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What are the different categories of alimony that can be awarded?

On Behalf of | Apr 25, 2024 | Divorce |

In Florida family law cases, people who are in the middle of a dispute over how much alimony will be paid might think that it is a simple matter of the court deciding what would be a fair resolution, determining how long it will last and issuing the order. However, it is more complicated than that and there are myriad factors that are involved not just in the amount but the duration as well.

The court can assess the case on its own merits, look at how long the couple was married, gauge the marital lifestyle, calculate the income and income potential of both sides and make its determination. In that context, there are categories of alimony under state law. The party who is being asked to pay and the one asking to receive alimony should be cognizant of the parameters of each.

Which type of alimony suits the case?

The court will have several choices when making the alimony order. They can use “bridge-the gap” alimony; “rehabilitative” alimony; or “durational” alimony. Each is based on the facts of the case, so it is essential that the sides provide evidence to justify their position.

Bridge-the-gap alimony is an apt description for people who are simply trying to adapt to their new circumstances and will not need to receive alimony for an extended period. They were accustomed to their financial, professional and personal life while they were married and need time to adapt to the new normal. This alimony award cannot go beyond two years.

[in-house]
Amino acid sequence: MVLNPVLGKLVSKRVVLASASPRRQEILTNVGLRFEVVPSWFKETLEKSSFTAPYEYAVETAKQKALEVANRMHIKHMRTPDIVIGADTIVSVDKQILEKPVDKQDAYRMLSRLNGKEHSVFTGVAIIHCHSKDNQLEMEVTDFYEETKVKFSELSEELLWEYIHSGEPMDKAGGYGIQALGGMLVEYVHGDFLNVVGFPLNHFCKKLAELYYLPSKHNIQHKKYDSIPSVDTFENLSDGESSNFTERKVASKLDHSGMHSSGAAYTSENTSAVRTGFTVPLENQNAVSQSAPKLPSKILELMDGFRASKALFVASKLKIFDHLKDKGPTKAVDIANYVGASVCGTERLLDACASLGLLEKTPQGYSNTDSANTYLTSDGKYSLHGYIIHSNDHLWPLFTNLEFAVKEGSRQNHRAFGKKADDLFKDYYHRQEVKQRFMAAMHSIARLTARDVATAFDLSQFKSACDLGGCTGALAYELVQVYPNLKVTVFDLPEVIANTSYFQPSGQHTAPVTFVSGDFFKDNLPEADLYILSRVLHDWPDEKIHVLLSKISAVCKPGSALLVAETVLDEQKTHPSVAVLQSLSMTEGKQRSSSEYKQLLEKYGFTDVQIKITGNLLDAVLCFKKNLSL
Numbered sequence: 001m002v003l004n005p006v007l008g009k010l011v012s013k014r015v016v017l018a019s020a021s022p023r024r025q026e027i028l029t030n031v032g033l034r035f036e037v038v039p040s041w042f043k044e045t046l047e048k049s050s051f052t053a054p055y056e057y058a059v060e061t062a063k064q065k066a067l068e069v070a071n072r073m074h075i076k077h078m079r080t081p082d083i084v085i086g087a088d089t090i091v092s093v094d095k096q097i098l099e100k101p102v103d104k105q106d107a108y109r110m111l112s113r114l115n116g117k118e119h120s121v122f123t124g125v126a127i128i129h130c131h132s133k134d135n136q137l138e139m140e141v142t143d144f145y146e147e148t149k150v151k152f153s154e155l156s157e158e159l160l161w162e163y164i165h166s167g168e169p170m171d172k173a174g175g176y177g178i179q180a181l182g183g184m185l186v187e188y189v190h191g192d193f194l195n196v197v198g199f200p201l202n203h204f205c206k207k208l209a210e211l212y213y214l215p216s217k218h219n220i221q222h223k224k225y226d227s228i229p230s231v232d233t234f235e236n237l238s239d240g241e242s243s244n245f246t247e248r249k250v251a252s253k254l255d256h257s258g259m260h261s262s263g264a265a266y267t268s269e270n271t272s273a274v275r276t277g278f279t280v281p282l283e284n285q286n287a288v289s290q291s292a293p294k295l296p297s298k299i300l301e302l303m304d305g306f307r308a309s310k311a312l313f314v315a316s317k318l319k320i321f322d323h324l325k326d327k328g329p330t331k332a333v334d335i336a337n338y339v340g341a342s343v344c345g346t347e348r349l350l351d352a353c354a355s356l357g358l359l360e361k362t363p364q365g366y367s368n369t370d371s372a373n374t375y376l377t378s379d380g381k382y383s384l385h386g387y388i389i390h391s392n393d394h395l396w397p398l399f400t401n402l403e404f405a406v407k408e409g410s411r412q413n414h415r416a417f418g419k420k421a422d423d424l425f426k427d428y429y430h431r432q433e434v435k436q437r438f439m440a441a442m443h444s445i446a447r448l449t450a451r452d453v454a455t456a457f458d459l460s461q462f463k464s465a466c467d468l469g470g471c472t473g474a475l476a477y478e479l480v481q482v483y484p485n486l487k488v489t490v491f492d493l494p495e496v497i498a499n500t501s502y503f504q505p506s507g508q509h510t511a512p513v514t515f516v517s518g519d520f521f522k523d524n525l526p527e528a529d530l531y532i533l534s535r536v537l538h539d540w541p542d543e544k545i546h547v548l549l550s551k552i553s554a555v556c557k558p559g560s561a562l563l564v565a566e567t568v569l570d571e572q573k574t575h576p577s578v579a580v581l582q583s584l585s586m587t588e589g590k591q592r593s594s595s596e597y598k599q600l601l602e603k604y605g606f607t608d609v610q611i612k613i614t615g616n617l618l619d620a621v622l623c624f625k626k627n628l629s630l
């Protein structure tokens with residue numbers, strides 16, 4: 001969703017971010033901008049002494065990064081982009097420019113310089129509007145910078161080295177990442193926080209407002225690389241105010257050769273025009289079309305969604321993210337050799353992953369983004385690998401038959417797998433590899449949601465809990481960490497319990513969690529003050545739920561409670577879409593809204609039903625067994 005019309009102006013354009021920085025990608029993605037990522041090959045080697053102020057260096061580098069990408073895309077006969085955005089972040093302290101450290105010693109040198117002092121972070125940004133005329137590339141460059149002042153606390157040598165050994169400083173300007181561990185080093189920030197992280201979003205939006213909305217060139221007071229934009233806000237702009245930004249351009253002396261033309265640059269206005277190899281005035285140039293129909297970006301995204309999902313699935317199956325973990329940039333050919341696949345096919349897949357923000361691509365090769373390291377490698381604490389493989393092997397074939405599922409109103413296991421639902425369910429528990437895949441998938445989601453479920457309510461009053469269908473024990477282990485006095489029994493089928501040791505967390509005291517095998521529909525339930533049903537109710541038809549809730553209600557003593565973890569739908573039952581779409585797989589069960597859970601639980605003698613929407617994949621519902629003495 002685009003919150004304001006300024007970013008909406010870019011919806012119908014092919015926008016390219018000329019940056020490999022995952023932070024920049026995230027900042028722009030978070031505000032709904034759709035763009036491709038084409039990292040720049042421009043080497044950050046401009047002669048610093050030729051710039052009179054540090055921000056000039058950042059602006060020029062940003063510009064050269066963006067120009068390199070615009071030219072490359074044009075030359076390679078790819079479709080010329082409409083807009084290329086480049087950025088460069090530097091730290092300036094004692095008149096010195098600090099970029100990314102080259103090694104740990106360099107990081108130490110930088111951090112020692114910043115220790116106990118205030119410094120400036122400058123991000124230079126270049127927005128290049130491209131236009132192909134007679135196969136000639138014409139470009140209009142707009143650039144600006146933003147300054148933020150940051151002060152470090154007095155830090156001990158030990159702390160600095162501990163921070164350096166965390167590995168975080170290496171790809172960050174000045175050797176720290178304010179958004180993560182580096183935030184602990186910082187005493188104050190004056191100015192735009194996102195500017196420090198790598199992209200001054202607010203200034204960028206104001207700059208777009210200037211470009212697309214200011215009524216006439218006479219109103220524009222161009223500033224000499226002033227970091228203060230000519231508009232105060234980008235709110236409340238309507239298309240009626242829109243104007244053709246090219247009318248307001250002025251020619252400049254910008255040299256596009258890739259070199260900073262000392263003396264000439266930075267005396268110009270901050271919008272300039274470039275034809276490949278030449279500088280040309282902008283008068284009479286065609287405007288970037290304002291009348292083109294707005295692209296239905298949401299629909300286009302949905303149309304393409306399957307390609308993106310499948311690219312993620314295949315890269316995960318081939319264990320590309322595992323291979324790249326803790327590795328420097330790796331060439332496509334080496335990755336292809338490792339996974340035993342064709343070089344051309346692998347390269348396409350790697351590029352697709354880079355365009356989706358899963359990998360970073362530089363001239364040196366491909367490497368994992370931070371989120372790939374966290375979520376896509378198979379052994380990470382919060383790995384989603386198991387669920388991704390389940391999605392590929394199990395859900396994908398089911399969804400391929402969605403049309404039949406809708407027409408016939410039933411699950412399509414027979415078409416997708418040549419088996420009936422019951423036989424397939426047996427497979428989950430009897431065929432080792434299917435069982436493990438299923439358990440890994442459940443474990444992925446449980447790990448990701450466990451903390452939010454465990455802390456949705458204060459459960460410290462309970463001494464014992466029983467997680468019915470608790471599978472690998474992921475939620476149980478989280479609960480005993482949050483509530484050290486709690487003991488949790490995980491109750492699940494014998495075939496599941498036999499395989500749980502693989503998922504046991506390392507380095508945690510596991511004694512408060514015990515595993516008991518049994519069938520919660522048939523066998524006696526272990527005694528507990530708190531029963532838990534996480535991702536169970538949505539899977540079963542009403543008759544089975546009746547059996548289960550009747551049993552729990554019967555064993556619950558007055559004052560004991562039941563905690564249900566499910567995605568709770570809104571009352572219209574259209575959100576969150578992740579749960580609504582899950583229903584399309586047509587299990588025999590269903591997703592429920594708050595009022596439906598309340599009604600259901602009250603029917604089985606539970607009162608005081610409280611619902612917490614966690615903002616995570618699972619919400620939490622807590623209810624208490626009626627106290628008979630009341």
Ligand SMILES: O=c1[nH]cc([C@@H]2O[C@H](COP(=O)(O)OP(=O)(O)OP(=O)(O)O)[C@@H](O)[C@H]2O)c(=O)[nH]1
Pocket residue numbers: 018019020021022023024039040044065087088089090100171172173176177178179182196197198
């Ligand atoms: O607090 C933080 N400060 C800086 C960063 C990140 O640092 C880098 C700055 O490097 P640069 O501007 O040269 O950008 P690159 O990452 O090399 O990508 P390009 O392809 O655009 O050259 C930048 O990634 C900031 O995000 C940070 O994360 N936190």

Rehabilitative alimony gives the receiving party time to regain previous skills and get back into the job market so they will not need support from the former spouse. A person who has education and experience in the job market but needs time to brush up on their skills could be a suitable candidate for rehabilitative alimony. They might need to restart their education and training based on what they know how to do and the jobs available. This is structured in a specific way and must be planned accordingly. It cannot go beyond five years in duration.

As the name suggests, durational alimony will be for a predetermined amount of time. With durational alimony, it can be adjusted or stopped completely as the parties’ situations change. If one gets a job where they will no longer need to be supported, then it can stop. The marriage itself must have lasted for at least three years for durational alimony to be awarded.

With durational alimony, it hinges on how long the couple was married. The courts consider a short-term marriage to be one in which it did not last 10 years. A moderate-term marriage would be between 10 and 20 years. A long-term marriage is at least 20 years. This is important because the percentage of how long alimony lasts will be calculated based on how long they were married. Alimony for a marriage that lasted eight years cannot go beyond four years. A marriage of moderate duration would not require alimony for more than 60% of the marital duration. A long-term marriage would be up to 75%.

The court will also consider the job prospects and ability to work of the receiving party; their financial resources; if they have mental or physical issues that negatively impact their ability to self-support; or if they serve as a caregiver to a disabled child.

Alimony, its amount and duration can vary based on circumstances

As this shows, the alimony award is based on more than just income, assets and marital lifestyle. For people who are preparing for their divorce case and are concerned about how much they will need to pay or receive and its duration, it is imperative to understand these factors. Knowing how to prove their case is key.


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